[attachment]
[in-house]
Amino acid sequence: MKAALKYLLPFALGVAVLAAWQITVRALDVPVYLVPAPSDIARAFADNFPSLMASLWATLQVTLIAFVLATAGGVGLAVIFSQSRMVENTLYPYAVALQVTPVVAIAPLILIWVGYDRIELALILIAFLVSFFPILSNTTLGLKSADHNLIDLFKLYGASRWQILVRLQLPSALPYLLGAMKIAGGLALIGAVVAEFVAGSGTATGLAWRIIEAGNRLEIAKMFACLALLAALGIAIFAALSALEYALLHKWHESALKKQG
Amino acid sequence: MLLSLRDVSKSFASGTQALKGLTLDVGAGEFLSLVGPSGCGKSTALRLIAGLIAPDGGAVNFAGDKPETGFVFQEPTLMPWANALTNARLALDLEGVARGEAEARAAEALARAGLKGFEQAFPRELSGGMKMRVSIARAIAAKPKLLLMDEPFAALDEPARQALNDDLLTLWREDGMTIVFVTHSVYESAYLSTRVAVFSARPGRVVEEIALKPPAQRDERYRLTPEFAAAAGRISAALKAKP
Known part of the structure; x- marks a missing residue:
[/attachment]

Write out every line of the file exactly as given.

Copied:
[in-house]
Amino acid sequence: MKAALKYLLPFALGVAVLAAWQITVRALDVPVYLVPAPSDIARAFADNFPSLMASLWATLQVTLIAFVLATAGGVGLAVIFSQSRMVENTLYPYAVALQVTPVVAIAPLILIWVGYDRIELALILIAFLVSFFPILSNTTLGLKSADHNLIDLFKLYGASRWQILVRLQLPSALPYLLGAMKIAGGLALIGAVVAEFVAGSGTATGLAWRIIEAGNRLEIAKMFACLALLAALGIAIFAALSALEYALLHKWHESALKKQG
Amino acid sequence: MLLSLRDVSKSFASGTQALKGLTLDVGAGEFLSLVGPSGCGKSTALRLIAGLIAPDGGAVNFAGDKPETGFVFQEPTLMPWANALTNARLALDLEGVARGEAEARAAEALARAGLKGFEQAFPRELSGGMKMRVSIARAIAAKPKLLLMDEPFAALDEPARQALNDDLLTLWREDGMTIVFVTHSVYESAYLSTRVAVFSARPGRVVEEIALKPPAQRDERYRLTPEFAAAAGRISAALKAKP
Known part of the structure; x- marks a missing residue: